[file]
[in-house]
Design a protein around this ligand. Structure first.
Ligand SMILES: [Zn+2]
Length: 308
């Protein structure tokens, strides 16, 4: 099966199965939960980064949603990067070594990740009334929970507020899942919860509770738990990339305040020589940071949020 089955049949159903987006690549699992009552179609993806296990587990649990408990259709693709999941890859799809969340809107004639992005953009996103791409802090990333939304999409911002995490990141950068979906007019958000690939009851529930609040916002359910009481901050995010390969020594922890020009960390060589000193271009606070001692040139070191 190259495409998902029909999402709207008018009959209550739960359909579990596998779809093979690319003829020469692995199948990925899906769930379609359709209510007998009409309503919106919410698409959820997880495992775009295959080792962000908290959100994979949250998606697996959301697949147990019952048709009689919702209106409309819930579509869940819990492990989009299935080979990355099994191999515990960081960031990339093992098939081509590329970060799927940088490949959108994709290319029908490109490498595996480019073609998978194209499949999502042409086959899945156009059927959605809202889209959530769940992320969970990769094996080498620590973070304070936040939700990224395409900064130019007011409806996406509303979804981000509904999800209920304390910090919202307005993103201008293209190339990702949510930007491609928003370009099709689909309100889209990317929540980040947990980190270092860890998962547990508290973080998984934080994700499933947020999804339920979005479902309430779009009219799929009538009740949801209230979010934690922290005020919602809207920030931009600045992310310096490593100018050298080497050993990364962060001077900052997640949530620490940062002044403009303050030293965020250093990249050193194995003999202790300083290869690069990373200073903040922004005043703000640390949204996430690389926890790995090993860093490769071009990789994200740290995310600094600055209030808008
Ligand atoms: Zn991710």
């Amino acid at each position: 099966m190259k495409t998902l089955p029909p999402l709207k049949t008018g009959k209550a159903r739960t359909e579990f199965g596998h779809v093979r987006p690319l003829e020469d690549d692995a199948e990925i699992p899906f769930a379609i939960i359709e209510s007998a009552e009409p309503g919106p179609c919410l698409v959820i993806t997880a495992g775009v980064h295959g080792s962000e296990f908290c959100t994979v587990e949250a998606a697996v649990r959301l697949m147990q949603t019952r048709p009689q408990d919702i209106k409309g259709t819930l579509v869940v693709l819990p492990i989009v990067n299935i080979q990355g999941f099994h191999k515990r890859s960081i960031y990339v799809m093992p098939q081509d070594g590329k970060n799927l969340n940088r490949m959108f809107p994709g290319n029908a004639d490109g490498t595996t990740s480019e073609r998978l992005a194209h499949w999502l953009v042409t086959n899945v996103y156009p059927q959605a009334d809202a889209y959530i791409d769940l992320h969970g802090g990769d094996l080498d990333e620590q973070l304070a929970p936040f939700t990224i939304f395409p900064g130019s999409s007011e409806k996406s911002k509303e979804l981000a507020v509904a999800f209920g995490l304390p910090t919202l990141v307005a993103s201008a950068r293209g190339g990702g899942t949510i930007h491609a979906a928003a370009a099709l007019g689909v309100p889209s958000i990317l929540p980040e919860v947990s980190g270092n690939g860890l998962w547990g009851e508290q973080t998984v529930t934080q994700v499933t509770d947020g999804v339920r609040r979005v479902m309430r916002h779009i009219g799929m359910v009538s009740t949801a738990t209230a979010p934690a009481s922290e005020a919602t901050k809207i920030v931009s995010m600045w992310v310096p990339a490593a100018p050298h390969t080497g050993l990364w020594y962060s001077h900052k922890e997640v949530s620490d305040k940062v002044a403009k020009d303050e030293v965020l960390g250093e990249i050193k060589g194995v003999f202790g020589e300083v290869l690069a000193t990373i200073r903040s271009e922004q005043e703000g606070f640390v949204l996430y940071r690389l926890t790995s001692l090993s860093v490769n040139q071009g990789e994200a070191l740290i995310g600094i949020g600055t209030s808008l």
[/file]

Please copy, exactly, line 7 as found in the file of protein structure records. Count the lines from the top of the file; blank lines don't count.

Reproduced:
């Amino acid at each position: 099966m190259k495409t998902l089955p029909p999402l709207k049949t008018g009959k209550a159903r739960t359909e579990f199965g596998h779809v093979r987006p690319l003829e020469d690549d692995a199948e990925i699992p899906f769930a379609i939960i359709e209510s007998a009552e009409p309503g919106p179609c919410l698409v959820i993806t997880a495992g775009v980064h295959g080792s962000e296990f908290c959100t994979v587990e949250a998606a697996v649990r959301l697949m147990q949603t019952r048709p009689q408990d919702i209106k409309g259709t819930l579509v869940v693709l819990p492990i989009v990067n299935i080979q990355g999941f099994h191999k515990r890859s960081i960031y990339v799809m093992p098939q081509d070594g590329k970060n799927l969340n940088r490949m959108f809107p994709g290319n029908a004639d490109g490498t595996t990740s480019e073609r998978l992005a194209h499949w999502l953009v042409t086959n899945v996103y156009p059927q959605a009334d809202a889209y959530i791409d769940l992320h969970g802090g990769d094996l080498d990333e620590q973070l304070a929970p936040f939700t990224i939304f395409p900064g130019s999409s007011e409806k996406s911002k509303e979804l981000a507020v509904a999800f209920g995490l304390p910090t919202l990141v307005a993103s201008a950068r293209g190339g990702g899942t949510i930007h491609a979906a928003a370009a099709l007019g689909v309100p889209s958000i990317l929540p980040e919860v947990s980190g270092n690939g860890l998962w547990g009851e508290q973080t998984v529930t934080q994700v499933t509770d947020g999804v339920r609040r979005v479902m309430r916002h779009i009219g799929m359910v009538s009740t949801a738990t209230a979010p934690a009481s922290e005020a919602t901050k809207i920030v931009s995010m600045w992310v310096p990339a490593a100018p050298h390969t080497g050993l990364w020594y962060s001077h900052k922890e997640v949530s620490d305040k940062v002044a403009k020009d303050e030293v965020l960390g250093e990249i050193k060589g194995v003999f202790g020589e300083v290869l690069a000193t990373i200073r903040s271009e922004q005043e703000g606070f640390v949204l996430y940071r690389l926890t790995s001692l090993s860093v490769n040139q071009g990789e994200a070191l740290i995310g600094i949020g600055t209030s808008l």